Business Can Play a Profitable Role in Combating Climate Change, with Andrew Winston

I believe that the challenges we’re facing
globally as a business community and as a species are getting so large and so complex
that the way we do business has to fundamentally change. And The Big Pivot is about a deep
change in the priorities of business, kind of a flip from worrying about short term earnings
first and then getting to some of these kind of shared challenges we have only when, you
know, there’s pressure from outsiders or there’s maybe quick wins or kind of easy
wins that companies can pursue. And flipping that so that we’re operating businesses
in a way that tackles our biggest challenges and works back from there and says how do
we do that using the tools of capitalism and markets and competition to do it most profitably. Often what people call sustainability which
is not, I think, always the perfect word but the things that fall under that that are environmental
or social challenges – there’s this assumption in business quite often that trying to tackle
these issues will be expensive, that there’s this tradeoff, this fundamental tradeoff between
trying to manage these big challenges in a profitable way and just managing your bottom
line in a normal way and that it’s going to be expensive. This myth was based in some
reality for a long time. There were things that did cost more money and green products
or green services – they weren’t very good for a long time so there’s a sense
that green was somehow not good for business. It wasn’t out of nowhere but that’s really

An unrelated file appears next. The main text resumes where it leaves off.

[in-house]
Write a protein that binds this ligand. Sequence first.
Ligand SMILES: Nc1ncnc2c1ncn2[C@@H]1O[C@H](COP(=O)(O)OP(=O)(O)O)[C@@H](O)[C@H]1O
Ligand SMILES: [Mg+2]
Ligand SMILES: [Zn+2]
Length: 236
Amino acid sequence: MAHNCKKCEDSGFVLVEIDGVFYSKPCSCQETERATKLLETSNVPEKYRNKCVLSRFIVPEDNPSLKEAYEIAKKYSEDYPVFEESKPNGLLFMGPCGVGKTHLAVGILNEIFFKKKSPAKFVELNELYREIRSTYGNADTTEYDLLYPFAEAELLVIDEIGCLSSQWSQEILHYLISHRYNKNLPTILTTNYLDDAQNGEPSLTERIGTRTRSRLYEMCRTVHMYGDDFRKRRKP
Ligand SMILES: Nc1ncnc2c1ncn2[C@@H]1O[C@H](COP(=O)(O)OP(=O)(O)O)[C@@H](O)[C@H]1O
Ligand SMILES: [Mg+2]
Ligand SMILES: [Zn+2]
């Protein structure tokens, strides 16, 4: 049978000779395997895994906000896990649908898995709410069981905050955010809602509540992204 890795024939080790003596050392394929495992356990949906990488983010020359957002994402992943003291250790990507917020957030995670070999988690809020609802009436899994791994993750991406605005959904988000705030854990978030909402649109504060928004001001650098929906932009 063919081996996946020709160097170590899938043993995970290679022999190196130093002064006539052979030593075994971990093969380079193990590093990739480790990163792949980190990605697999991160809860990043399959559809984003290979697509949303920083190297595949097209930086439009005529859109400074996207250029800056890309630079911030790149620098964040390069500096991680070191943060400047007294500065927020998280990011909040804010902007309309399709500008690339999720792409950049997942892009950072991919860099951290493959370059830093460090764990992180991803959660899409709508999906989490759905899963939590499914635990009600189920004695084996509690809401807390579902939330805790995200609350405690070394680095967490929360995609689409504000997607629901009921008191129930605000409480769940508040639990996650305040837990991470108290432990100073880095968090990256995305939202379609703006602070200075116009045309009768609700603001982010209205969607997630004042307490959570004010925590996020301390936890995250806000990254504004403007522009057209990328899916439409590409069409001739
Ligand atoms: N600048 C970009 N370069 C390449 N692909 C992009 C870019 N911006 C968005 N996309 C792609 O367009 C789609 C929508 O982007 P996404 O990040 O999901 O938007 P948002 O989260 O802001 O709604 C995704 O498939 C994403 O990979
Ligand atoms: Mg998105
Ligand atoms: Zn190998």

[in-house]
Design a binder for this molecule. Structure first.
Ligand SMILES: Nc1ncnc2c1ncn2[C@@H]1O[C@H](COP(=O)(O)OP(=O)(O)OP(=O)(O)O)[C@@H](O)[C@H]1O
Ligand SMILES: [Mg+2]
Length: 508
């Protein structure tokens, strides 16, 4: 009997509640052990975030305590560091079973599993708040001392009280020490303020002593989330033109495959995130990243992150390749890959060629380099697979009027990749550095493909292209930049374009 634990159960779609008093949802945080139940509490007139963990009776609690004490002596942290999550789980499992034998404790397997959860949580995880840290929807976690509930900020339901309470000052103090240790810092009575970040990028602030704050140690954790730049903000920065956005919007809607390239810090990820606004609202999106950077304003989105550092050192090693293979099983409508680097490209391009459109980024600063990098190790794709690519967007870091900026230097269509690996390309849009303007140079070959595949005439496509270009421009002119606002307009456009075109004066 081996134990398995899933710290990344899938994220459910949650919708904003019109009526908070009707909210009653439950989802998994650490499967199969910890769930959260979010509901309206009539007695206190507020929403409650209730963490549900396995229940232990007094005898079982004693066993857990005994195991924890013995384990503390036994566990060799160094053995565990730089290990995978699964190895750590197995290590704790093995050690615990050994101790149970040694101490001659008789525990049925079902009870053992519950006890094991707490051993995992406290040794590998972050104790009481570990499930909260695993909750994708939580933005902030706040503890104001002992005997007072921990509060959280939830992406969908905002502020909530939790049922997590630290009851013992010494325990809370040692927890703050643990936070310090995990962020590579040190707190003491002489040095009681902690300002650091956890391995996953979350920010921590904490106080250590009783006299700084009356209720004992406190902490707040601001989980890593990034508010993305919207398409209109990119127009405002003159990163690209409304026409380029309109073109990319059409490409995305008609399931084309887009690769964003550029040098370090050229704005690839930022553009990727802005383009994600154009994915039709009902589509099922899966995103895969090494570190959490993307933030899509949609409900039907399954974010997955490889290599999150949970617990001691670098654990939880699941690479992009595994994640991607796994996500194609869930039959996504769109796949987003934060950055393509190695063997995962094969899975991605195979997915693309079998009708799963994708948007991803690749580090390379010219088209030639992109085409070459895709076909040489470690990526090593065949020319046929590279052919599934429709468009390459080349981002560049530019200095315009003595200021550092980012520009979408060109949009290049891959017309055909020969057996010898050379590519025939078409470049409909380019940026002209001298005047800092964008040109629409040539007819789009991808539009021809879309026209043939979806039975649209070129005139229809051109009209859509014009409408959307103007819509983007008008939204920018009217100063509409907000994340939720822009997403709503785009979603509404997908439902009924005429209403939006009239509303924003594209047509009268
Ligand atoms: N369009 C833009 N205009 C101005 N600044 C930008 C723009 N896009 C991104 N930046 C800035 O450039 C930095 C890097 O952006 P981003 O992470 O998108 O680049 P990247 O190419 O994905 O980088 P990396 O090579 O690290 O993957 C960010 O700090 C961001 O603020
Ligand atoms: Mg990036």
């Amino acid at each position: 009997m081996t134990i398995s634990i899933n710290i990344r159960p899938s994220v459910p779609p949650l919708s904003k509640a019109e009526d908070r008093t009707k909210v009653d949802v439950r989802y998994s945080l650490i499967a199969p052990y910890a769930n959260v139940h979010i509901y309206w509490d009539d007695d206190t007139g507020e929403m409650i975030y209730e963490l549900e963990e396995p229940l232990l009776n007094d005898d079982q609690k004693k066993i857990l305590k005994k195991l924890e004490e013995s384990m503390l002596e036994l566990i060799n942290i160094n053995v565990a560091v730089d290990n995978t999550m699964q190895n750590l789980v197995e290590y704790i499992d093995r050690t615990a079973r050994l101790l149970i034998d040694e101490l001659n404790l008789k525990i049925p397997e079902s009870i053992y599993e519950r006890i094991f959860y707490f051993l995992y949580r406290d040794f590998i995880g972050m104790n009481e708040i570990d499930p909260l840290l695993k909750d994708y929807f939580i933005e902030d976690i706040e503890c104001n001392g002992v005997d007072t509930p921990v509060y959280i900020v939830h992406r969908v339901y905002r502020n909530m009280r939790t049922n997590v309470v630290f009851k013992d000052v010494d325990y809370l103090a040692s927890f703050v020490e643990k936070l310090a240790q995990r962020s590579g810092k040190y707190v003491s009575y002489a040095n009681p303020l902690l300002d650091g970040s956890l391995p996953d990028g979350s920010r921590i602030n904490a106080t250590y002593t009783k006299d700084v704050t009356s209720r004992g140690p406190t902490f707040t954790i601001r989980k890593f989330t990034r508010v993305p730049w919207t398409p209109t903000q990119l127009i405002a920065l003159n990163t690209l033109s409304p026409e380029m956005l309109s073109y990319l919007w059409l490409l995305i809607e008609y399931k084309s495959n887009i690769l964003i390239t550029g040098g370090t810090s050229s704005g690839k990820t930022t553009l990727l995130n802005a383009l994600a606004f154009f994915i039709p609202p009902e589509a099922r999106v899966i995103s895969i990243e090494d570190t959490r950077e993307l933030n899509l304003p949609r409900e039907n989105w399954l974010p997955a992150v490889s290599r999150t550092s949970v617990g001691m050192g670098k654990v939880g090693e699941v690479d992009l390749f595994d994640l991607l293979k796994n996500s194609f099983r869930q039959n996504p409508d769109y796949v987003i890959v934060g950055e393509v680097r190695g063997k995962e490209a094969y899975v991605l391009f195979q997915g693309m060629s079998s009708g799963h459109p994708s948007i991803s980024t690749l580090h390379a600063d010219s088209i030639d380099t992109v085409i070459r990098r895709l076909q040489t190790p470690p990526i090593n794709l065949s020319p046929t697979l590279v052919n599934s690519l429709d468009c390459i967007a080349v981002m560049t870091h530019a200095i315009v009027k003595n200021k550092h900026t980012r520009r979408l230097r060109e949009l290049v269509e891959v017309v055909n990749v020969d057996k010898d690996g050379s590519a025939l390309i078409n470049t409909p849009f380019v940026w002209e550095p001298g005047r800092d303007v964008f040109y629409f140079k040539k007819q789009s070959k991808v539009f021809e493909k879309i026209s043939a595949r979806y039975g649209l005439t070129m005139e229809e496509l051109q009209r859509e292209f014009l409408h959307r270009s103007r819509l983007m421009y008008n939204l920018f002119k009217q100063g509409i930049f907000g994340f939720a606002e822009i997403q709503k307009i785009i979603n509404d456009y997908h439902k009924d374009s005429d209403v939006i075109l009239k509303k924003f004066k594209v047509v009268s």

a dated view. We now have a situation where the challenges are so vast and the world is
changing so fundamentally that the only path we have forward is to manage these issues.
That’s the point of The Big Pivot so that we will find a profitable path to do it and
we have so many options now. There’s a whole category of things that companies do that
save money very quickly. All things that fall under kind of the banner of eco-efficiency
or energy efficiency or using less. I mean in part green is about doing more with less.
That’s just good business and so that part of the agenda has become much more normal
in companies and they’re finding ways to cut costs dramatically. That’s the easy
stuff. But we’re now finding even the things that
seemed very expensive for a while like say going to renewable energy – that’s one
of the examples people always use of if we’re going to go green, we’re going to put solar
on our roof and it’s going to cost so much. The cost of that has been dropping dramatically,
70-80 percent reduction in cost of, you know, using solar power in the last five years.
So the economics have shifted. This is now very good for business. Almost all of the
agenda of The Big Pivot is good for business in the long term, in the medium term and very
often in the short term. So there isn’t this tradeoff. This is the path to growth.
This is the path to innovation, to building your brand, to cutting costs and to cutting
risk. All the value drivers that you can create in business, this pivot will help you enable. Climate change is arguably, and I believe
really, the greatest challenge we face for humanity and I’m not alone in this. There’s
now voices coming to the table that are from unusual places. You know former U.S. Treasury
Secretaries have put out a report called Risky Business that talks about how expensive this
has become just for the economy and for all of our cities and how expensive it will be,